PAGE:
Friday, June 07, 2013

Master Drawings IV: A Seated Girl

Amongst the paperbacks which were once kept in the basement of our house, and which belonged to the collection which my father and uncles and aunts had read when they were little, there is a book, first published in 1957, by Gillian Avery, entitled The Warden's Niece

It is what first came to mind when I looked at the drawing "A Seated Girl" by the Welsh painter Gwen John, amongst the other works in the Ashmolean Museum's Master Drawings exhibition.

The book is, fittingly enough, set in Oxford, and describes it quite as reverentially and as much in the absorbing fourth dimension [i.e. time in the sense of its historical states of being, which are tied into its contemporary presence] as, for instance, Elizabeth Goudge's Towers in the Mist. Though published after the Second World War, it is set in the 1870s and begins by exploring the heroine's unpleasant stay at a boarding school for young ladies, then following her escape to Oxford and specifically to her uncle's home at the university college where he is Warden. His neighbour and friend, Professor Smith, has three sons around Maria's age; the youngest of these, who is something of a troublemaker, is about to embark on Greek and Latin under a tutor, and so Maria joins him. At the time women in higher education were a rarity, as the book emphasizes without diverging into comment; but whether it is through progressive convictions or through indifference to matters outside the sphere of their own scholarly research, no one bothers to throw up serious impediments to Maria's learning. (At least, no one consciously does; prohibitions on straying from home for any purpose do interfere a little with scholarly exploration.)

Setting the plot — which is well described elsewhere, so I will content myself with the general adumbration above — in the Victorian Age seems to have been a rather peripheral element in the novel, since aside from its prolific traditionalist detail of cucumber sandwiches, dragonlike housekeepers, pre-Daimler travel, and the singularity of feminine education, it could fit quite as well into the 20th century.

Illustration: "Portrait" (c. 1915) by Gwen John (1876-1939)
From Wikimedia Commons.

When I was little I found it an enigmatic, strange and somewhat cold book; the descriptions of old churchyards and aged portraits of dead children and fenced-in houses were menacing. Now I think it was a silly impression. The world it describes is still perhaps an insiderish one, though the book hasn't aged too badly. When I went to see Oxford at around the age of twenty in 2005, I had the impression that the heart and soul of the university campus is 'Keep Off The Grass'; whether I was imposing ill-assorted North American ideas or not, this experience is similar to the one of limitations which lies within The Warden's Niece. I suppose I also saw the magic in similar places: the Saxon tower, the façade of the Sheldonian Theatre, the lawn of Christchurch (?) College, and particularly in the courtyard and amongst the Roman busts and Saxon-remnant-filled vitrines of the Ashmolean Museum.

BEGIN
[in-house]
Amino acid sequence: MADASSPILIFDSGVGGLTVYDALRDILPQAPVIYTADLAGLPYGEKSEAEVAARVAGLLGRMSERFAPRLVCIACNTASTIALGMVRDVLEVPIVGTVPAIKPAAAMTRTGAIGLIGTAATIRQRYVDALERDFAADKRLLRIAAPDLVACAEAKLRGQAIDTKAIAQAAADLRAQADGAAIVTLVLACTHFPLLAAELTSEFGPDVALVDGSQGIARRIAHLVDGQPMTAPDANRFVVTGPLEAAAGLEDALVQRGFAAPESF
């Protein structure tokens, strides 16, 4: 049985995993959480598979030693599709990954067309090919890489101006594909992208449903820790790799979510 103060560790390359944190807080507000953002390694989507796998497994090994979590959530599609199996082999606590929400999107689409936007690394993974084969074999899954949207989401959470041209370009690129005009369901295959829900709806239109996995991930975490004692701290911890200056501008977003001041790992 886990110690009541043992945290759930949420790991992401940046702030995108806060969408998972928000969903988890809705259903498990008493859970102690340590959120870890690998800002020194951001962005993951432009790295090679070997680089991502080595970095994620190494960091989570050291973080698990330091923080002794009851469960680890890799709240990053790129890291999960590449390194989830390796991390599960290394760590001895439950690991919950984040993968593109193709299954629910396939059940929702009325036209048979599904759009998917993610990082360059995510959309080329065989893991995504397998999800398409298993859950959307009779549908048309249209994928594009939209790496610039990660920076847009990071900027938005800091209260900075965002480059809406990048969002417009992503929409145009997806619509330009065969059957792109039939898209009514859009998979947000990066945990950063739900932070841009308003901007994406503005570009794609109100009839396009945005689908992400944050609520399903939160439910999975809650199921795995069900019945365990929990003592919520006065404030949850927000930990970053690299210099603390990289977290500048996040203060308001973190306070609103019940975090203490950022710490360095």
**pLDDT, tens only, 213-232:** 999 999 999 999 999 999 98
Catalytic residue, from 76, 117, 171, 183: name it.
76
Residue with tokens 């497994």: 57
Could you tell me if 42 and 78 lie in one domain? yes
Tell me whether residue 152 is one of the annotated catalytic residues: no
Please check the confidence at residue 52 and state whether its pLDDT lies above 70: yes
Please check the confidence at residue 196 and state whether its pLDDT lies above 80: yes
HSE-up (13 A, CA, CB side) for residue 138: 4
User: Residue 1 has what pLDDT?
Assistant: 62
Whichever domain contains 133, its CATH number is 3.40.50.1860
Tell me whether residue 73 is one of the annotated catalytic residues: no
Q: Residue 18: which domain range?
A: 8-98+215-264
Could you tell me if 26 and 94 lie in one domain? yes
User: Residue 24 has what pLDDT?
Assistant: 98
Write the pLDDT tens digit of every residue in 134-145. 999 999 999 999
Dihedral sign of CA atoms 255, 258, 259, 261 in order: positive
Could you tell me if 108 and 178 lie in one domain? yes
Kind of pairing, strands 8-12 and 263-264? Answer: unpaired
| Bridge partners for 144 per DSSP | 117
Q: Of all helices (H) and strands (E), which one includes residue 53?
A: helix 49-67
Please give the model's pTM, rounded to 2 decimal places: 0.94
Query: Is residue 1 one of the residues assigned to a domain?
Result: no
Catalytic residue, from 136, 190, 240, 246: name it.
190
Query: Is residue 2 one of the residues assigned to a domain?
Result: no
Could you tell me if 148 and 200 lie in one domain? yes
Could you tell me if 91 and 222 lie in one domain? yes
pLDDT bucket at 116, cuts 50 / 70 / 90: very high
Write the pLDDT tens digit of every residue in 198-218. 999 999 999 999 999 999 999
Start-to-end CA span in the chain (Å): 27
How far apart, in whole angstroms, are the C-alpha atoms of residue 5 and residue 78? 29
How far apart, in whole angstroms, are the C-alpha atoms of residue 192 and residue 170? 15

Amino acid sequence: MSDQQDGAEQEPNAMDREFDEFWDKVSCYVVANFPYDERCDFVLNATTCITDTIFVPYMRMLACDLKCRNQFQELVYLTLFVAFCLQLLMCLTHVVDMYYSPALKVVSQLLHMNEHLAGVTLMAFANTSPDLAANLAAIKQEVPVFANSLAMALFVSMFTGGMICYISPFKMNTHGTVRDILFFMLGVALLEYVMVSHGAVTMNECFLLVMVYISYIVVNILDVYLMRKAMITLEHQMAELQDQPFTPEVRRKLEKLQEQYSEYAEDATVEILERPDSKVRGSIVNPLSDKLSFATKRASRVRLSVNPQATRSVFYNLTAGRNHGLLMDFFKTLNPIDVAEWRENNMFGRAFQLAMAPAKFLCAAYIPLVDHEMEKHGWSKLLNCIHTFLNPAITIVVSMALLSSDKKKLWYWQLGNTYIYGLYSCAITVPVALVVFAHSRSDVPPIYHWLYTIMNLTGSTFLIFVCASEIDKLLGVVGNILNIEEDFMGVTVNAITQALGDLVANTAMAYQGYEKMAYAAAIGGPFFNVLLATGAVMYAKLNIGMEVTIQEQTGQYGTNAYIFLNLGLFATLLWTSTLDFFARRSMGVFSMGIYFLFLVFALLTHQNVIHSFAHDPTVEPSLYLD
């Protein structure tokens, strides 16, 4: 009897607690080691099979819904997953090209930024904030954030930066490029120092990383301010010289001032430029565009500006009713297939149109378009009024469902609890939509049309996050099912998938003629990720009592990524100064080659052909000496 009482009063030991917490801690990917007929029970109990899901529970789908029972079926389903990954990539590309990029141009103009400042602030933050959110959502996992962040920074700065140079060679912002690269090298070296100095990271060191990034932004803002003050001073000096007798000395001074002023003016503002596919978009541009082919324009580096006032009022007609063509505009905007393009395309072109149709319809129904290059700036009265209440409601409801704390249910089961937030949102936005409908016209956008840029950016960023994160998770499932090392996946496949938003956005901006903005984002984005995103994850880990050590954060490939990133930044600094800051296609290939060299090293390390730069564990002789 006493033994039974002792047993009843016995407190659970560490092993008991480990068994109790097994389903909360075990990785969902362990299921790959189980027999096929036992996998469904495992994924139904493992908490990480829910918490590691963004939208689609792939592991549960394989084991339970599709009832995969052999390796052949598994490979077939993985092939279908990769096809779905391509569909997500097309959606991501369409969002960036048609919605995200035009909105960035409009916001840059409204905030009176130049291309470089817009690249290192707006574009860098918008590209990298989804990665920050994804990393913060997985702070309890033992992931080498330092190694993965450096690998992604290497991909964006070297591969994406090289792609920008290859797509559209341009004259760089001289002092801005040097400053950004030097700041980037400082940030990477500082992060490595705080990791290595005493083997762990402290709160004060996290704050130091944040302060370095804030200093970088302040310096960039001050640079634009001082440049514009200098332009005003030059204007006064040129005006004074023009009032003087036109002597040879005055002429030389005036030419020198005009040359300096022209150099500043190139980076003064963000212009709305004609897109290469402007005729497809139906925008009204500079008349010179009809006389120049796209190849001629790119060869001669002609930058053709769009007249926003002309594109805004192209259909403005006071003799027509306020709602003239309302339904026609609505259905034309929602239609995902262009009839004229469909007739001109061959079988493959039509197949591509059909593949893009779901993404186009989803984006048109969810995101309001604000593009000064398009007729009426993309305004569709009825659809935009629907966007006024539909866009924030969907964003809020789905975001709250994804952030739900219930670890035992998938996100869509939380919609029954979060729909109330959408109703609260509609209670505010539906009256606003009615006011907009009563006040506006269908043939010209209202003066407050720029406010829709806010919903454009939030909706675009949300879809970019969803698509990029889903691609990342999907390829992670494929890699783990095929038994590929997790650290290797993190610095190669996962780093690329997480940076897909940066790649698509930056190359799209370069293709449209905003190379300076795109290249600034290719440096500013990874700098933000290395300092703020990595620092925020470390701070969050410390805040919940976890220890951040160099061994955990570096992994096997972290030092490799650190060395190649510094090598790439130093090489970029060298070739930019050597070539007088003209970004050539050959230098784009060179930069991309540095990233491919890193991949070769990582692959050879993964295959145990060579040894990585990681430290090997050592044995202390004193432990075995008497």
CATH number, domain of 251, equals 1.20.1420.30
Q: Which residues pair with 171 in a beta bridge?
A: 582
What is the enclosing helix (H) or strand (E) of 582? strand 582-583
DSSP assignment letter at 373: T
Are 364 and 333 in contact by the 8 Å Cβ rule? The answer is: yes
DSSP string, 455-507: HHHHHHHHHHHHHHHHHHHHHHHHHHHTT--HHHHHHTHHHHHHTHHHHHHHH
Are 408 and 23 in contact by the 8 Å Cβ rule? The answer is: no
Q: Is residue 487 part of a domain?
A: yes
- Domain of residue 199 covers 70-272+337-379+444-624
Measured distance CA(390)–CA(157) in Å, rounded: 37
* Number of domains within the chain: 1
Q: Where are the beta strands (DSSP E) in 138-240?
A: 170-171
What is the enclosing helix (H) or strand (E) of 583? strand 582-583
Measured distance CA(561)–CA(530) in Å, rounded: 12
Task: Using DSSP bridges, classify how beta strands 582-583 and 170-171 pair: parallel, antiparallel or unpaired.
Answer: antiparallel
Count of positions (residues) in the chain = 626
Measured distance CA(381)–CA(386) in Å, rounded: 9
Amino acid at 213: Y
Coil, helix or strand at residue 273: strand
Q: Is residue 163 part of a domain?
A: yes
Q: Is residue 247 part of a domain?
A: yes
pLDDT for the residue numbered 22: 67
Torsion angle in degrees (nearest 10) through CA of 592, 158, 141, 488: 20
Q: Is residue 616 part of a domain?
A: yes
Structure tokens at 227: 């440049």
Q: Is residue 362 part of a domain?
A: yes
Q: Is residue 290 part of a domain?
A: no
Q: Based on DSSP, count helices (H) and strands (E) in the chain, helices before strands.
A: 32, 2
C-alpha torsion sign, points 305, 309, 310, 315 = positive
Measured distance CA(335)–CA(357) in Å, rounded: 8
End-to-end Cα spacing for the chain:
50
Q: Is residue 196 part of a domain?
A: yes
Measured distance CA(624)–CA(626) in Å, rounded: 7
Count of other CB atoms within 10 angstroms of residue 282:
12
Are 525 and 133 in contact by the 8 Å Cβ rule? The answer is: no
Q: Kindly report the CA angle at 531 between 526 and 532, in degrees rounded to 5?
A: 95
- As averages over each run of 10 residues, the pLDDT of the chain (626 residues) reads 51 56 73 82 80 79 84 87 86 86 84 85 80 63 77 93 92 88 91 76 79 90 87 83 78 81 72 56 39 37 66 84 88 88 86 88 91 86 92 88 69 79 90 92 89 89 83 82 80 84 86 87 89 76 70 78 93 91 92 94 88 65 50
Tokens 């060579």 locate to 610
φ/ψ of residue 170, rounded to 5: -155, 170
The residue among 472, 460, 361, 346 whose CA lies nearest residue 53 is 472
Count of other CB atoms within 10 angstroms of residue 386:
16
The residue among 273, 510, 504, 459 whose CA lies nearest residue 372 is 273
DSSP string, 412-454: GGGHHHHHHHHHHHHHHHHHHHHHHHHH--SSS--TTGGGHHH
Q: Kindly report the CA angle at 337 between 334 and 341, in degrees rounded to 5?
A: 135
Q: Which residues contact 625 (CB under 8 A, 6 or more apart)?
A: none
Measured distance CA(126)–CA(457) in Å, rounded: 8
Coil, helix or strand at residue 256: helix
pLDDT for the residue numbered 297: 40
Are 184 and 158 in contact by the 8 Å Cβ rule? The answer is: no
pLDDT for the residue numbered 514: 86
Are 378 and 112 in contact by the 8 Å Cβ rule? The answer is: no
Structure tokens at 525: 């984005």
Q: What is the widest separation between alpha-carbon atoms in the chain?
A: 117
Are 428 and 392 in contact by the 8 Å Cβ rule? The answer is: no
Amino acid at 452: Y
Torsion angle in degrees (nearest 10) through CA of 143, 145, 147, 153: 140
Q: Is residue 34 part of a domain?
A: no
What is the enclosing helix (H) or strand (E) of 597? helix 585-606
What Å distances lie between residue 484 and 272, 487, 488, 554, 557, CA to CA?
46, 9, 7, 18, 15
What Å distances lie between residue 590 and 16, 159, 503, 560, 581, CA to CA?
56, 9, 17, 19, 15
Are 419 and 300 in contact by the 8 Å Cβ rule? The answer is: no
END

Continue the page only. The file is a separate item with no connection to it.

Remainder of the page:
The Warden's Niece, by Gillian Avery (United Kingdom: Penguin, 1963)
Originally published in 1957.

"The warden's niece by Gillian Avery - Reviews, Discussion, Bookclubs, Lists" [Goodreads]
"Gillian Avery" [Wikipedia]


Due to a sudden access of humility or cowardice, I will omit to describe the drawing or Gwen John herself. In its expressionist way this article by Anne Enright in the Guardian does it much better than I could: "My hero: Gwen John," (The Guardian; Saturday, October 2, 2010).


After the name caught my eye in the front pages of The Warden's Niece, I looked up the publishing editor Kaye Webb on the internet, to discover that her life and personality are a well recorded story in themselves.

She was a presiding genius at the Puffin imprint — which is a subsidiary to Penguin Books — from 1961 to 1979, and besides luring authors like Roald Dahl, J.R.R. Tolkien, etc., to the imprint she evidently conferred the spark of publishing success upon books like Watership Down. Previously she had worked at Lilliput, a literary magazine, and as such came to correspond with George Bernard Shaw and other figures who remain quite as interesting today as they were then. (Pleasingly enough from a feminist perspective, her predecessor and first Puffin editor was also a lady; Eleanor Graham, explains Wikipedia, "saw the brand through the 1940s and the struggles with paper rationing" and besides was responsible for publishing The Lion, the Witch and the Wardrobe and Charlotte's Web.)

FAMOUSLY she began the Puffin Book Club. It thrived also thanks to the particular interest of (as she described) her old boss, Sir Allen Lane, whose encouragement proved irreproducible even though Yehudi Menuhin took up the presidency afterwards. I wrote a letter to Puffin in the early or mid-90s, hoping to join the club but aware that the book which carried the advertisement was a little dated by now, and the reply explained that the club was then restricted to groups. Perhaps the publishing climate has changed too much, especially by now, to recapture its halcyon era.

Kaye Webb died in 1996, but there are many lively and detailed articles and interviews in the British media archives if one is willing to dig for them.

"Kaye Webb - Wikipedia, the free encyclopedia" [Read May 31, 2013]
"Puffin Books - Wikipedia, the free encyclopedia" [Read May 31, 2013]

"OBITUARY: Kaye Webb" [], by Julia Eccleshare (January 18, 1996)
"Desert Island Discs - Castaway : Kaye Webb" [BBC] Interview host: Sue Lawley (May 30, 1993) [Read and listened to May 31, 2013] (I downloaded the interview since streaming it seemed impossible.)

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